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Gilbert N. Lewis

November 16, 2011

One hallmark of a good textbook is that it's been reissued in a revised edition. A book gets even higher marks when it's such a classic that it's revised by another author, many years later. Such was the case for "Thermodynamics," written by the two physical chemists, Gilbert N. Lewis and Merle Randall in 1923. It was revised by Kenneth S. Pitzer and Leo Brewer in 1961.[1]

Lewis is best known to chemistry students for his redefinition of acids and bases. A Lewis acid is an electron acceptor, and a Lewis base is an electron donor. As a common example, H+ is a Lewis acid, and OH- is a Lewis base. It's never been proven that Lewis exclaimed, "All your base are belong to us," after making this observation.

Another of Lewis' fundamental contributions to chemistry was the valence bond theory. In 1916, Lewis proposed that chemical bonds were shared electrons between atoms that contributed to an enhanced stability for both atoms. This model of the chemical bond was reconciled with quantum mechanics by Heitler and London in 1925, who showed that a merger of atomic wavefunctions will form a covalent bond.

Linus Pauling added some detail to the valence bond theory by introducing resonance, in 1928, and orbital hybridization, in 1930. This led to publication of his seminal book, The Nature of the Chemical Bond, in 1939.[2] Lewis' valence bond paper, "The Atom and the Molecule," published in 1916 in the Journal of the American Chemical Society, was among Pauling's papers.[3]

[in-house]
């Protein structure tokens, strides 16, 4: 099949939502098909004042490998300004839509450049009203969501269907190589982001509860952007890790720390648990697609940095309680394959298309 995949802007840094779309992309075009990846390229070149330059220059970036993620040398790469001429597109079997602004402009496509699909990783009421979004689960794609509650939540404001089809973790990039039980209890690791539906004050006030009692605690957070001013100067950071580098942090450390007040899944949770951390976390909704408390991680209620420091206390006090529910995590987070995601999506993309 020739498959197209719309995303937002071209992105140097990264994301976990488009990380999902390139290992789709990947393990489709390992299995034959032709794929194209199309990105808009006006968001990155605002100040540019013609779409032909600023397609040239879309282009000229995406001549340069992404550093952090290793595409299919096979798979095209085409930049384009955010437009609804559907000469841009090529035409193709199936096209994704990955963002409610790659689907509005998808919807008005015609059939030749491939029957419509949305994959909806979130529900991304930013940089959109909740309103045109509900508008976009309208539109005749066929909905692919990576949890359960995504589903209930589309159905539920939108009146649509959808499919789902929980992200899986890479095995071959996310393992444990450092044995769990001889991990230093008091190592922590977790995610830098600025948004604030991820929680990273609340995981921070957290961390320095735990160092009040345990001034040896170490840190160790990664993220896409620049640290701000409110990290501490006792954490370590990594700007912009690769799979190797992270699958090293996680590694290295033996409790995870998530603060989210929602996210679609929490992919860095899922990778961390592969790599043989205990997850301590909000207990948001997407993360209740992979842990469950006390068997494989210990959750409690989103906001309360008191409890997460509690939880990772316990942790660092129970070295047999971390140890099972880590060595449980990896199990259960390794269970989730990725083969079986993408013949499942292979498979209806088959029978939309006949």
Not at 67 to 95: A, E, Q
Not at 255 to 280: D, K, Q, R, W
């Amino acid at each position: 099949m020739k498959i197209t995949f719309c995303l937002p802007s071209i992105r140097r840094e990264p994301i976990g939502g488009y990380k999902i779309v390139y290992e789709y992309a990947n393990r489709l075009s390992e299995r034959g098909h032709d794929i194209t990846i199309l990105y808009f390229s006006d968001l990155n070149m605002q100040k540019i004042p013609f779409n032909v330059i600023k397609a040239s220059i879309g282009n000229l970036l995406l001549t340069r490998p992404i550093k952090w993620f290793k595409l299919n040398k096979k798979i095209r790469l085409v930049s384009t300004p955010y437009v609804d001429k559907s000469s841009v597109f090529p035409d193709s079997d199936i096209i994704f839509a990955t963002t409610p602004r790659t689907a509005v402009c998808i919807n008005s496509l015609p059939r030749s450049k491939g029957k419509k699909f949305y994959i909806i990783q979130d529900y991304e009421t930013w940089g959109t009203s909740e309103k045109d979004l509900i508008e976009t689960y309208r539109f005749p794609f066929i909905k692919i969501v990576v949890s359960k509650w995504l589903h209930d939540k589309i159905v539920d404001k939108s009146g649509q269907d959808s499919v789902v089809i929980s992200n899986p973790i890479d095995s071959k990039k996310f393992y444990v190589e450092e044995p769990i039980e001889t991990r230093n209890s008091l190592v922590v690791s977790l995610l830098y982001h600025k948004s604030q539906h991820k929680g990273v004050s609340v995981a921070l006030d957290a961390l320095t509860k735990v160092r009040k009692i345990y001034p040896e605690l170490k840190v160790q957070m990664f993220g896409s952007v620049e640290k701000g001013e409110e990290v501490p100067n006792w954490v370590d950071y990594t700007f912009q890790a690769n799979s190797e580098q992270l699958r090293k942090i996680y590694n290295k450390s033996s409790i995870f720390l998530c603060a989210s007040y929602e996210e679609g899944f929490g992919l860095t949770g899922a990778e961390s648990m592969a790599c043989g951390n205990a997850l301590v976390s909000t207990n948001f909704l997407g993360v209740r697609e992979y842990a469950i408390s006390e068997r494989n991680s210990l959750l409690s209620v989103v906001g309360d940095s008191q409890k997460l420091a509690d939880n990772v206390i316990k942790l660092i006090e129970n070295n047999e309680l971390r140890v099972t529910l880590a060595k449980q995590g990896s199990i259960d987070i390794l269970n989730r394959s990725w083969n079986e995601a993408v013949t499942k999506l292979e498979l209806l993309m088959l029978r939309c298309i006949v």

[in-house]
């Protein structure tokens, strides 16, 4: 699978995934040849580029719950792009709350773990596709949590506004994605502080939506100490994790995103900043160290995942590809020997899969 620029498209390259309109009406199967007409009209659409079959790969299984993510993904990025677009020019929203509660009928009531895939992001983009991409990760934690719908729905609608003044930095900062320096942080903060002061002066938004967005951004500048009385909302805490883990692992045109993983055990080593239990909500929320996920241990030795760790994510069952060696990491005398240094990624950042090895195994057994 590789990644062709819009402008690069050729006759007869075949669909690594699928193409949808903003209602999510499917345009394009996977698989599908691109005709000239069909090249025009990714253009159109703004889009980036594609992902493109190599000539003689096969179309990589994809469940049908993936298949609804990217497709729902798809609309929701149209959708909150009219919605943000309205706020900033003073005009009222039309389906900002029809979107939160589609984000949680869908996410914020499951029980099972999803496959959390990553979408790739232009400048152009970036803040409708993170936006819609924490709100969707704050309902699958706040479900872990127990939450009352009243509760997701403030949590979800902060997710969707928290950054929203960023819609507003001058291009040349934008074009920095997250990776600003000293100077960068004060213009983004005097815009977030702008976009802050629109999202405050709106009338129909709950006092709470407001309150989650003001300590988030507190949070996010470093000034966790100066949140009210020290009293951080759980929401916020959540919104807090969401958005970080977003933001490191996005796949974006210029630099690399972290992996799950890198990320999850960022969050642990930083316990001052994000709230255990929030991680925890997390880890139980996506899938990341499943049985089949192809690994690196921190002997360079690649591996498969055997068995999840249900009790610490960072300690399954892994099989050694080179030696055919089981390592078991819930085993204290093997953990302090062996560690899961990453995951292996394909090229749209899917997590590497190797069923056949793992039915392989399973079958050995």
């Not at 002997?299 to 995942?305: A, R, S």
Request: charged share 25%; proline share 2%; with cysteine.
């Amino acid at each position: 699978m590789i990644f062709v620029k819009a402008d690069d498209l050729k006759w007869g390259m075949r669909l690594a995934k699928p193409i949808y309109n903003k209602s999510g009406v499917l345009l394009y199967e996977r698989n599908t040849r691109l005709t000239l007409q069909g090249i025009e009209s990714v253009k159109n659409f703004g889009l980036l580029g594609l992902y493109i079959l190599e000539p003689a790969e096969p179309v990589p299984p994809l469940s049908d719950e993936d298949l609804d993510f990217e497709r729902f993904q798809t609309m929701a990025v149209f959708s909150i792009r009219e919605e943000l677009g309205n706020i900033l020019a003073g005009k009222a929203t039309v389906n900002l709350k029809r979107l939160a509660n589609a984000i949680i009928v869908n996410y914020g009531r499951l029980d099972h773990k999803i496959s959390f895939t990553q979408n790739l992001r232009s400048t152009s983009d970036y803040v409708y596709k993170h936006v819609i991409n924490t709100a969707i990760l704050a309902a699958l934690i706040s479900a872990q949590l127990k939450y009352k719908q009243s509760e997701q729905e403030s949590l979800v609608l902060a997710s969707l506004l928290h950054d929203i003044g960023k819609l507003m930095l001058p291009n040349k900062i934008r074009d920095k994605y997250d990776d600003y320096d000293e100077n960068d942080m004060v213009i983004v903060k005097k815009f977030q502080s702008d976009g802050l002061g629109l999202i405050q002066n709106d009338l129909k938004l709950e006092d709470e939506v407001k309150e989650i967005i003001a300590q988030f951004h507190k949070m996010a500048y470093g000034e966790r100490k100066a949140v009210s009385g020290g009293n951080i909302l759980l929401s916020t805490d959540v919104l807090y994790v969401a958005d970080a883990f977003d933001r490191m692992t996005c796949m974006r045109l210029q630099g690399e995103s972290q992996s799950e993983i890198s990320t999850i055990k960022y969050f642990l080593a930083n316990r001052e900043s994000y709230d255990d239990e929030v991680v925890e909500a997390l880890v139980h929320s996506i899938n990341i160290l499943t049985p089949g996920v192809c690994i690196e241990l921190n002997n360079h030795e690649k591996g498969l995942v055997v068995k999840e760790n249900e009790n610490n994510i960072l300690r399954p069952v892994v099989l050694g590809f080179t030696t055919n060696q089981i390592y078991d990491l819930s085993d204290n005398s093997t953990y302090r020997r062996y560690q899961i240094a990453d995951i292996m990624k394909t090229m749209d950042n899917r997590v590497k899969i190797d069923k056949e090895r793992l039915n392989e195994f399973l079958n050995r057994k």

As they say, a picture is worth a thousand words, and many a student, myself included, has learned how to bond atoms using the Lewis dot structures. A similar pedagogical tool in physics would be the Feynman diagram (see figure). On one trip to Boston for a scientific conference in the 1980s, I happened to see a Feynman diagram, drawn as graffiti, into a concrete sidewalk. I must have been in MIT territory. Lewis introduced the thermodynamic concepts of activity and fugacity in a 1908 paper in the Journal of the American Chemical Society.[4]

Lewis dot diagram for a fluorine molecule,

Lewis dot diagram for a fluorine molecule, and the Feynman diagram for electron positron annihilation/pair production. Feynman diagram via Wikimedia Commons)

This year's Nobel Prizes have been announced, and the announcements give you an idea of the general quality of work that leads to a Nobel Prize. In an assessment of Gilbert N. Lewis's life's work, it's quite apparent that he should have been awarded one. Why wasn't Lewis a Nobel Laureate? The reason may relate to his argumentative personality.

Lewis had a post-doctoral fellowship with Walther Nernst at the University of Göttingen. While there, Lewis and Nernst had a falling-out. Nernst went on to win the Nobel Prize in Chemistry in 1920, which made him a qualified nominator for the prize.[5]